With Hoke blocking the road, Johnston deployed Lt. Gen. A. P. Stewart's Army of Tennessee as a striking force. The rugged veterans of disaster in Tennessee were eager for redemption. A soldier in Brig. Gen. Joseph Palmer's brigade recalled words of encouragement as a Rebel colonel rode down the lines: "Boys, you remember the 19th and 20th of September, 1863, at Chickamauga? Well, this is the 19th of March, and you may look out for some work to-day as hot as it was there."
Around noon, Carlin launched a probing attack to discover the strength of the enemy. This reconnaissance-in-force was mauled severely as it blundered into the entrenched lines of Bragg and Stewart. General Slocum had initially sent word to Sherman that all was well. By early afternoon, however, Slocum had received enough bad news to realize he was in trouble. "I am convinced the enemy are in strong force in my front," he notified Sherman, requesting immediate assistance from the Right Wing. "Johnston and Hardee are here."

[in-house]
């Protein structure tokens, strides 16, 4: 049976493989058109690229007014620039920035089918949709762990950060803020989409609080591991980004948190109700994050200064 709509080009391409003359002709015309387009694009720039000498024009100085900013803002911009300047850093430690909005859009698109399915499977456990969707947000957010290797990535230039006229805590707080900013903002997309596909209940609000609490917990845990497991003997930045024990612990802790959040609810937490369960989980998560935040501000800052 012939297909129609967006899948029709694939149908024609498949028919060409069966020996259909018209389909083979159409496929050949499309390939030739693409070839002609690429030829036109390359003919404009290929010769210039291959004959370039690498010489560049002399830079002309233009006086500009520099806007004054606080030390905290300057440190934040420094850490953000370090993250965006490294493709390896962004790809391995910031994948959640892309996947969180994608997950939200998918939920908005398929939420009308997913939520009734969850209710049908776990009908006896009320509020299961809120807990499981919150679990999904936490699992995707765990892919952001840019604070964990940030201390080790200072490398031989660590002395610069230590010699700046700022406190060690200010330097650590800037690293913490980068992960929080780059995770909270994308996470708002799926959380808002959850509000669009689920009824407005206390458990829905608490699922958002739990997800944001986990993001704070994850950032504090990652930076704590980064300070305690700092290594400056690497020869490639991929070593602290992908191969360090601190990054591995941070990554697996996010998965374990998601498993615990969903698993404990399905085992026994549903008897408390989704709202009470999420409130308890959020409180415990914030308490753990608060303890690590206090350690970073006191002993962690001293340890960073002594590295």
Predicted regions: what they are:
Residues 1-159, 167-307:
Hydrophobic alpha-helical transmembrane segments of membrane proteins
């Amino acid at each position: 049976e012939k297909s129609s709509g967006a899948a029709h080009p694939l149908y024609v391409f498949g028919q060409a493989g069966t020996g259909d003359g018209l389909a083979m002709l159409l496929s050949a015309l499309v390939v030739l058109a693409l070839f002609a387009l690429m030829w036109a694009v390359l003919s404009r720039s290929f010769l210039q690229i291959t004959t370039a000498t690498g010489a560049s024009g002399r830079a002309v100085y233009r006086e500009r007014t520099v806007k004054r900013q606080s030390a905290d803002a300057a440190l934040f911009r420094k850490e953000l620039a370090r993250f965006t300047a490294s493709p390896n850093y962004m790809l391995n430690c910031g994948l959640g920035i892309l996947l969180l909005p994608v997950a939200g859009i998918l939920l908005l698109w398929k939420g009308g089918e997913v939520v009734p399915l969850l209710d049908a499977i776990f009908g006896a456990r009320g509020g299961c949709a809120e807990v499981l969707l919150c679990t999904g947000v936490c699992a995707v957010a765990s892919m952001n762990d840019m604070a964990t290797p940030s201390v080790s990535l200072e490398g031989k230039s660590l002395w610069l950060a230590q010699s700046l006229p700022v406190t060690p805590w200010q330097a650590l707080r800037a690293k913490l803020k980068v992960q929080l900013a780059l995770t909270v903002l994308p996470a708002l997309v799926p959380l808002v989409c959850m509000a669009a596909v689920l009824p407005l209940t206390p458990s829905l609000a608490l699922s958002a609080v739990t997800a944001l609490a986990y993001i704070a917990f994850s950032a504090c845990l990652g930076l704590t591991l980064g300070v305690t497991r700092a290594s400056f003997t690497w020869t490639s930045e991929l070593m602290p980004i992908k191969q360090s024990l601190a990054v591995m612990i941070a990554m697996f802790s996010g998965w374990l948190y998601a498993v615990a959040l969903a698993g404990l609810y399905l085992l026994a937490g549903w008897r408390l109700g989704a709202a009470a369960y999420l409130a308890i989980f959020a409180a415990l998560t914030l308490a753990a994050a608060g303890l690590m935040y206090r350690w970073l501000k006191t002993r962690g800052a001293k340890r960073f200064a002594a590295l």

Hardee's Confederates had been delayed in reaching the field, but the greenhorns of Brig. Gen. William B. Taliaferro's Division soon added their weight to the Rebel striking force. At 2:45, Johnston dropped the hammer on Slocum. With Hardee leading the charge in person, the Army of Tennessee launched its final assault. Shouting in defiance, "they came down on us like an avalanche," recalled a Union officer. Carlin's poorly deployed line broke almost instantly. Fleeing their breastworks, the ranks of Federal soldiers were cut to pieces as the men scrambled out of the ravine. The left half of Carlin's division went reeling backward toward the Morris Farm while the right half caved in on Morgan's division. The 19th Indiana Battery lost three of its four guns.
Following up their advantage, the screaming Rebels bore down on the Goldsboro Road and slammed into Brig. Gen. Benjamin Fearing's Union brigade, which had been hastened to the left to stem the tide. Fearing's line promptly crumbled under the onslaught and fell back to the west.